Are You Helping Or Enabling? 7 Ways to Spot the Difference
There’s no doubt that loving an addict is hard. It’s natural for you to want your loved ones to succeed rather than suffer.
While reaching out to help a loved one in need is certainly not a bad thing, there’s a fine line between helping and enabling, especially when it comes to addiction. Those who enable have good intentions, but they’re actually contributing to the problem rather than solving it.
Here are 7 ways to tell the if you’re helping or enabling someone suffering from an addiction.
1. Making Excuses for the Addict
Making excuses for someone with an addiction denies the reality of the problem, and is a sure sign of enabling is denial or avoidance. If you’re an enabler, you choose not to confront the addict because you fear conflict. Instead, you may find yourself making excuses for the addict’s behavior and convince yourself that the problem will just go away on its own.
You may say things like, “He’s just going through a phase.” This doesn’t help the person in question, it allows the problem to persist. To truly help, it’s important to confront them, in a respectful and loving way, about their behavior.
2. Giving Them Money
As an enabler, you probably give your loved one money that they will ultimately end up using to buy drugs. You might even pay their bills, buy groceries, or otherwise enable them financially. While it can be hard to see a loved one’s electricity get shut off because he or she spent the money on drugs, paying the bill is enabling and diminishes the ramifications of the person’s actions.
Rather than pay an addict’s bills or give cash that ends up being traded for drugs, offer your money for rehab instead.
3. Taking Over Their Responsibilities
Taking over the responsibilities that your loved one has neglected due to addiction is a sign of enabling. Some examples include cleaning the house, picking children up from school, or otherwise handling their affairs
4. Telling Lies to Cover Up Their Behavior
Lying to cover up an addict’s behavior is another sign of enabling. They need to be held responsible for their actions. Covering up mistakes and wrong-doings enables them to continue to make the same poor choices. Accountability is far more helpful in the long run.
5. Bailing Them Out of Sticky Situations
Helping someone out of a predicament caused by drug use only enables them to continue making poor decisions. Whether it’s bailing them out of jail, buying personal items back from the pawn shop, or lying to employers and loved ones, bailing them out takes away the negative consequences of addiction.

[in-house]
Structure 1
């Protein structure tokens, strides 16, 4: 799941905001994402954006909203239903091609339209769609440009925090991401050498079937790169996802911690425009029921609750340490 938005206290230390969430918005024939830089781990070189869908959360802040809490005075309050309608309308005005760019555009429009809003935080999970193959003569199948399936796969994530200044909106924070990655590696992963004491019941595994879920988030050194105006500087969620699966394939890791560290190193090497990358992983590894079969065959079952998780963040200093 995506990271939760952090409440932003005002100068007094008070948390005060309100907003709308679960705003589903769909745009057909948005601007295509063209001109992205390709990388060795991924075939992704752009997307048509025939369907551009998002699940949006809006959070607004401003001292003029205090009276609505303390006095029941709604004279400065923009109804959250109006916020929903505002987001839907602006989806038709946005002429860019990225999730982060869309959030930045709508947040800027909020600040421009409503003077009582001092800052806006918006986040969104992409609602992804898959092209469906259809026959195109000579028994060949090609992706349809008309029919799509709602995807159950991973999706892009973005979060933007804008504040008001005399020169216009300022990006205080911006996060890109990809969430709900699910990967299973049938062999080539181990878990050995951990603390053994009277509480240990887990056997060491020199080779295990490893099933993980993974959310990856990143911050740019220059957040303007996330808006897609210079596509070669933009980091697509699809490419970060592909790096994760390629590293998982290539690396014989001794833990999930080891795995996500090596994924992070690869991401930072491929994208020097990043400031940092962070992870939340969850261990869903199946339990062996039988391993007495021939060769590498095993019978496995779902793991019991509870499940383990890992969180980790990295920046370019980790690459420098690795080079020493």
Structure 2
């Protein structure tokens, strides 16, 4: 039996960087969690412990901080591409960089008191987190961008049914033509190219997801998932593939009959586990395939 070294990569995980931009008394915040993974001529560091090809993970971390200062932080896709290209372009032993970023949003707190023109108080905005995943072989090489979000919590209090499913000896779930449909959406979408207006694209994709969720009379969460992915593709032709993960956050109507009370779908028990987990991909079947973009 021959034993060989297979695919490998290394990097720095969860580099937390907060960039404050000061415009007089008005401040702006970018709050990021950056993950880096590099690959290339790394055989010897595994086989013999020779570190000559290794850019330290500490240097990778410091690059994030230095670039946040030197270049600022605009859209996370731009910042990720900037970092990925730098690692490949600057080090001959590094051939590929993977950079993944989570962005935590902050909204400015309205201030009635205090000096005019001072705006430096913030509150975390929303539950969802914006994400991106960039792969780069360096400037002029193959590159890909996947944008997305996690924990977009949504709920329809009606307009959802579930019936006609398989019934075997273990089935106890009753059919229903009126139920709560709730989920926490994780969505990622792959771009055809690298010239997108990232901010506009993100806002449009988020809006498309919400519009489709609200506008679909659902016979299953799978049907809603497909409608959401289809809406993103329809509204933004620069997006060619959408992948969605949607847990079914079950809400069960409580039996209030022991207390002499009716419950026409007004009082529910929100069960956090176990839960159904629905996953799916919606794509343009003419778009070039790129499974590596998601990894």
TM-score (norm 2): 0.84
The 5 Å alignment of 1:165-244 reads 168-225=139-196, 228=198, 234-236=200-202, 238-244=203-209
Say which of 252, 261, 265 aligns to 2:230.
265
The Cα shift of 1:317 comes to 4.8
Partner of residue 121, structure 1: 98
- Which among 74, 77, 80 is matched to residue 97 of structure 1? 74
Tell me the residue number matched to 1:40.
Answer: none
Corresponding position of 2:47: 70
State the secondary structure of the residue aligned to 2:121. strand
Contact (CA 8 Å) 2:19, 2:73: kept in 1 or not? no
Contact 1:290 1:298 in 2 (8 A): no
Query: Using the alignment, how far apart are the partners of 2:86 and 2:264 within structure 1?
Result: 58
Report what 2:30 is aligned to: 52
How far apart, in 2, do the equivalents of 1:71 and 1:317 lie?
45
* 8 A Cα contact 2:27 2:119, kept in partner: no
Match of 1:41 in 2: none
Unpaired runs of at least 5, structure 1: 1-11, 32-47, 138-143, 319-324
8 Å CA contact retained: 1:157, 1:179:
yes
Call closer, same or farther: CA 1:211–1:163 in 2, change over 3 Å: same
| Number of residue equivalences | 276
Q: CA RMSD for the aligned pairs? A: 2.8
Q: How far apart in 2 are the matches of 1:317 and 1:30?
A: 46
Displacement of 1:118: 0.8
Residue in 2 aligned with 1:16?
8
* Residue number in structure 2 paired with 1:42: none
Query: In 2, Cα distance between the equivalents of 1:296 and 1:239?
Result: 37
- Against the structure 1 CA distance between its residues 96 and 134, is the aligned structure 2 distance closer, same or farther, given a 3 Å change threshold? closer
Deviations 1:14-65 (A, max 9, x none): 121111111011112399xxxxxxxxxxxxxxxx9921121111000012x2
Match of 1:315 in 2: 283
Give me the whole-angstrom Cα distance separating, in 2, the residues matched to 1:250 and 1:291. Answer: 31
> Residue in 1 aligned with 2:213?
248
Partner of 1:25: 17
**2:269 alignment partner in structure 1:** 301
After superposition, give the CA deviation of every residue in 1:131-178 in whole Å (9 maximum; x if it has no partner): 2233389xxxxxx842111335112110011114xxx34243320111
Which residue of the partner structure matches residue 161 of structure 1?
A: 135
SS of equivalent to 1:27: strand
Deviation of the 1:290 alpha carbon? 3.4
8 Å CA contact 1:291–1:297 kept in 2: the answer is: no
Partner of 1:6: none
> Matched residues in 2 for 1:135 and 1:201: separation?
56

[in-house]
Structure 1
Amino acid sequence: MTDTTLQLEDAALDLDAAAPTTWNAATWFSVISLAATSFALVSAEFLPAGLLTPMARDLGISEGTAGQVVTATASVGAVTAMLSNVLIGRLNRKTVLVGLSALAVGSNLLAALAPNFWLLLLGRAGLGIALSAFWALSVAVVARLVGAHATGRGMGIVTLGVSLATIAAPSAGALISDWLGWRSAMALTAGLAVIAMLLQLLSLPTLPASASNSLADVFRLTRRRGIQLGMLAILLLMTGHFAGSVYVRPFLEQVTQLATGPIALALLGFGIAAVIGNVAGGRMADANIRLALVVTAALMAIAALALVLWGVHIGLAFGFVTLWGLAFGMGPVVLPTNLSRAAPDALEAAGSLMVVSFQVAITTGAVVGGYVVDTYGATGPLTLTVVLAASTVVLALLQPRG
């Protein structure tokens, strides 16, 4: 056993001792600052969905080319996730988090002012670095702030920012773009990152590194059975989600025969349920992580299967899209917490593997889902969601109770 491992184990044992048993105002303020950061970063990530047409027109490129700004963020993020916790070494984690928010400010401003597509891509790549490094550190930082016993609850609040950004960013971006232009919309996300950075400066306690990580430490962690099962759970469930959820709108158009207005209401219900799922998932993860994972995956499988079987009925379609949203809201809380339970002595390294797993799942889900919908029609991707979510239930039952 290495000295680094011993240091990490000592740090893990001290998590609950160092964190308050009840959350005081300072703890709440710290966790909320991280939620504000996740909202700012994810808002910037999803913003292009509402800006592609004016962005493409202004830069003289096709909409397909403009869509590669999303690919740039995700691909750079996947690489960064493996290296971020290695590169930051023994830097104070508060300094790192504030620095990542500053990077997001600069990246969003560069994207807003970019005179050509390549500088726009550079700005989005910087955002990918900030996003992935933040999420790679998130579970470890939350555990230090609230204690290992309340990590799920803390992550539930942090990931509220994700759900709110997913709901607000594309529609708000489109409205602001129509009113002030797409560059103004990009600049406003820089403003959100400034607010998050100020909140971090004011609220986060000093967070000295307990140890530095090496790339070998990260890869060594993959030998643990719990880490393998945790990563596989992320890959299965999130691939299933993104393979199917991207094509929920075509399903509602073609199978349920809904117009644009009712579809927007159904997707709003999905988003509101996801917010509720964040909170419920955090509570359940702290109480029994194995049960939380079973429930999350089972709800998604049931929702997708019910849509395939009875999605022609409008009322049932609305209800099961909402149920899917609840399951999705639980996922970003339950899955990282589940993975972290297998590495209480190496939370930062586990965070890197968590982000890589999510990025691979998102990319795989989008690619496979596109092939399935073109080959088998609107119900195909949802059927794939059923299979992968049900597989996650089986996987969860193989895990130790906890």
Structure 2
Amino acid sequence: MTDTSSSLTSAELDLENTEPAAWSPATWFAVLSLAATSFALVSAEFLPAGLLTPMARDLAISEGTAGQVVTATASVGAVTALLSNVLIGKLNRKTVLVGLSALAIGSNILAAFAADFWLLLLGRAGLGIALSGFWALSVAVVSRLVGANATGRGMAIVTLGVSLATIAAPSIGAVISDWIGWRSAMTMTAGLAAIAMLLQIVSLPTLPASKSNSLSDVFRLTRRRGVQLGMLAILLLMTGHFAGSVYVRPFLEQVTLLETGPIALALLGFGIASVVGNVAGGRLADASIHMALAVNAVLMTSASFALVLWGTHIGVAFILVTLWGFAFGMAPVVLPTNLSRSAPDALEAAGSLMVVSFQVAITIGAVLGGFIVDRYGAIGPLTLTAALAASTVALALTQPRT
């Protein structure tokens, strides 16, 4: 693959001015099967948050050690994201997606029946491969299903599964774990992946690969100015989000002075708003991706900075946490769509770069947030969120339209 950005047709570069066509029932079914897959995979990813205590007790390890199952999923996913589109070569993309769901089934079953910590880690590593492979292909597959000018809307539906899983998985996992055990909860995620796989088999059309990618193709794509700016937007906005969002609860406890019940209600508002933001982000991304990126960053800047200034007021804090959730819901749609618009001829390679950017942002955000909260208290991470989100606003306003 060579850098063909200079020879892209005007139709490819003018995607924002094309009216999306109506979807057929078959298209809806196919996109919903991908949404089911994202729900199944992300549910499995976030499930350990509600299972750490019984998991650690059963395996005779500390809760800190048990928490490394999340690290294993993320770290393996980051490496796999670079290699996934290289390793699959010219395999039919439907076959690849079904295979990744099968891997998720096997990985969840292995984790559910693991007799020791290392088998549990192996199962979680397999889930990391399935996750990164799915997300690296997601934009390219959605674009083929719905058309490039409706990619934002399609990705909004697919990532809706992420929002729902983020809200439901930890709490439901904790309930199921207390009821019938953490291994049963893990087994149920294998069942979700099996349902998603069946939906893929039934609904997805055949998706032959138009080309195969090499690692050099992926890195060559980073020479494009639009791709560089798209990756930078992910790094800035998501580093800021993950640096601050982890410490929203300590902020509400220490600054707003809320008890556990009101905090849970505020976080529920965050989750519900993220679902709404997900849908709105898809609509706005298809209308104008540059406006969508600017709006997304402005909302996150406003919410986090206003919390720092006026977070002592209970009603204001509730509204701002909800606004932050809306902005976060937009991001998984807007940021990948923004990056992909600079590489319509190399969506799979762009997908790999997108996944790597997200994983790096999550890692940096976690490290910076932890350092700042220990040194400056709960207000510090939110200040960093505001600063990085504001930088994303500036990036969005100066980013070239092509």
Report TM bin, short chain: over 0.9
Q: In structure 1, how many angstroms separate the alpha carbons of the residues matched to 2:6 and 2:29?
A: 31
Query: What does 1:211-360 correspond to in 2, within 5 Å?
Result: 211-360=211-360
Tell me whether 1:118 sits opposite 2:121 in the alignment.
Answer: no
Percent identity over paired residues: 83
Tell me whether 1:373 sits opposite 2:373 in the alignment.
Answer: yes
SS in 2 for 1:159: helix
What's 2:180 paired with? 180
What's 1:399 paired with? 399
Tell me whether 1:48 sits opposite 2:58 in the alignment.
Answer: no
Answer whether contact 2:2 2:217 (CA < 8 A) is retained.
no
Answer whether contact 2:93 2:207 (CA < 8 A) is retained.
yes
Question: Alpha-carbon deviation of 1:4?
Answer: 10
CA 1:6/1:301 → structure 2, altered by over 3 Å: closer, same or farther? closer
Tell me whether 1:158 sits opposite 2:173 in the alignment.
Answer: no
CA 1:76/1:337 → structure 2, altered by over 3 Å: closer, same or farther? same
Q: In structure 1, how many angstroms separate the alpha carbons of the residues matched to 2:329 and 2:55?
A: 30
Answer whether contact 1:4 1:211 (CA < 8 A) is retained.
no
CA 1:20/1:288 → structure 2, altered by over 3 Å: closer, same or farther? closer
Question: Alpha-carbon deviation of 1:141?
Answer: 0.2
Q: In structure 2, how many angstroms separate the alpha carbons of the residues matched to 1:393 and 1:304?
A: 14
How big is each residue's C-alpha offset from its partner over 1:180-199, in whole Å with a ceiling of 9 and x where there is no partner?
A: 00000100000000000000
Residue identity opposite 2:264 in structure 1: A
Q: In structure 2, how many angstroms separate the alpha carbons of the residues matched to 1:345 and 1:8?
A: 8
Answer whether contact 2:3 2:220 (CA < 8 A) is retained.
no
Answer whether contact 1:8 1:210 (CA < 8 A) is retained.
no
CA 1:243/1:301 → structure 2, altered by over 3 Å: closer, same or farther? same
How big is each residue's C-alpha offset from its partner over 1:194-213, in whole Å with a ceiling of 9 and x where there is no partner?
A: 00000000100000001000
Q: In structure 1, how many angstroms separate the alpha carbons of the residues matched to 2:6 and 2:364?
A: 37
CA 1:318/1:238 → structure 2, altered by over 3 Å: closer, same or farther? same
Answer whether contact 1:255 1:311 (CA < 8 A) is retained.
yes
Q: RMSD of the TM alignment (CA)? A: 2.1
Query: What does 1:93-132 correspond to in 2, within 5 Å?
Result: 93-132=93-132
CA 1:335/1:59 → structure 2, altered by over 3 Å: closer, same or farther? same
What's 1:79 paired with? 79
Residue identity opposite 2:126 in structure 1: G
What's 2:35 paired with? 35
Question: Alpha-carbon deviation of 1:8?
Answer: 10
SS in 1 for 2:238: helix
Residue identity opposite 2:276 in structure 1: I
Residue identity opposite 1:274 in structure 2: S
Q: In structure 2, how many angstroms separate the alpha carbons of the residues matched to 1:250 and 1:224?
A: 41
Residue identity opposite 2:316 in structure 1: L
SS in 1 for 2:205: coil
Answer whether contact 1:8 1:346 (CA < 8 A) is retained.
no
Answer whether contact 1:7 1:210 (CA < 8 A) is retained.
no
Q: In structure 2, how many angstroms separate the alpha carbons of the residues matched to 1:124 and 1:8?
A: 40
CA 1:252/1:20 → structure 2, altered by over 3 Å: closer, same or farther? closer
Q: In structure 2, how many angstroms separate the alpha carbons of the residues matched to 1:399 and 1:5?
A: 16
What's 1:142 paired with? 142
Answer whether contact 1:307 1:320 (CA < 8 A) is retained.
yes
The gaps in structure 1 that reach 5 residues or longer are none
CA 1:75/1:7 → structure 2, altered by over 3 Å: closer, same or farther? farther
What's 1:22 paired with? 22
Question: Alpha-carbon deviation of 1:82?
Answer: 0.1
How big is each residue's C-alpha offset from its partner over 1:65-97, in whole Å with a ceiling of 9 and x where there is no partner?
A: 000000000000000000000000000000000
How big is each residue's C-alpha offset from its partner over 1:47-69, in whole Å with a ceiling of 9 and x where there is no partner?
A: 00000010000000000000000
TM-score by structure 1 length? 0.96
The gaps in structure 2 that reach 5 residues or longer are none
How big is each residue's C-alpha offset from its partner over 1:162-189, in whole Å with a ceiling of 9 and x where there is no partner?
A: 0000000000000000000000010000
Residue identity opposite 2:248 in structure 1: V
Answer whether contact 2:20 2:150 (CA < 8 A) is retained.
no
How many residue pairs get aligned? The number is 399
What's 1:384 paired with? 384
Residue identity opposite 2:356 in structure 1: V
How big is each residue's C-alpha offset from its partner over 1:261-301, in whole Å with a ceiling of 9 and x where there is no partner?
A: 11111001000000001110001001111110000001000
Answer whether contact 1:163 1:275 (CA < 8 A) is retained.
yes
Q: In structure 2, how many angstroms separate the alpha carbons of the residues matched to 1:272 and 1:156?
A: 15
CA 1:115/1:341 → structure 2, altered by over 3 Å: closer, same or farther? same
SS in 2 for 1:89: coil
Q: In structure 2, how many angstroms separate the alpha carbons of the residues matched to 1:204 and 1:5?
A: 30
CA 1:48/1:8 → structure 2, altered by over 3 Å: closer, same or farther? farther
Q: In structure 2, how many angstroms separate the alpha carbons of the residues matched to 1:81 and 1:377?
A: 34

While it can be difficult to see a loved one sit in jail or get fired from a job, letting them suffer the repercussions is more likely to prompt them to seek treatment.
6. Codependent Behavior
Codependent behavior is almost always present to some degree in an enabler. You may get personal gratification from helping the addict. For example, you may feel that you’re doing a good deed or feel a sense of pride from making a sacrifice, or you might feel a sense of control out of the situation or enjoy the feeling of being needed.
If you find yourself enabling your loved one, you can attend support groups such as Al-Anon or Nar-Anon to address your codependency and learn how to provide support without enabling them.
7. Putting Their Needs Before Your Own
If you’re helping an addict appropriately, you will set clear boundaries and remain assertive. It’s possible to be supportive without neglecting your own needs. Helping someone should never be a threat to your own well-being, so make sure you’re taking care of yourself first.
It’s important to stop and ask yourself whether your actions are helping or harming. Helping empowers an addict to take responsibility rather than creating dependency. No one can force them to change. In the end, the desire to change must come from within.
When someone suffering from an addiction is enabled, he or she is less likely to want to change because the harsh reality of poor choices is softened. Allowing them to suffer the consequences of addiction can help show how life would improve without drugs.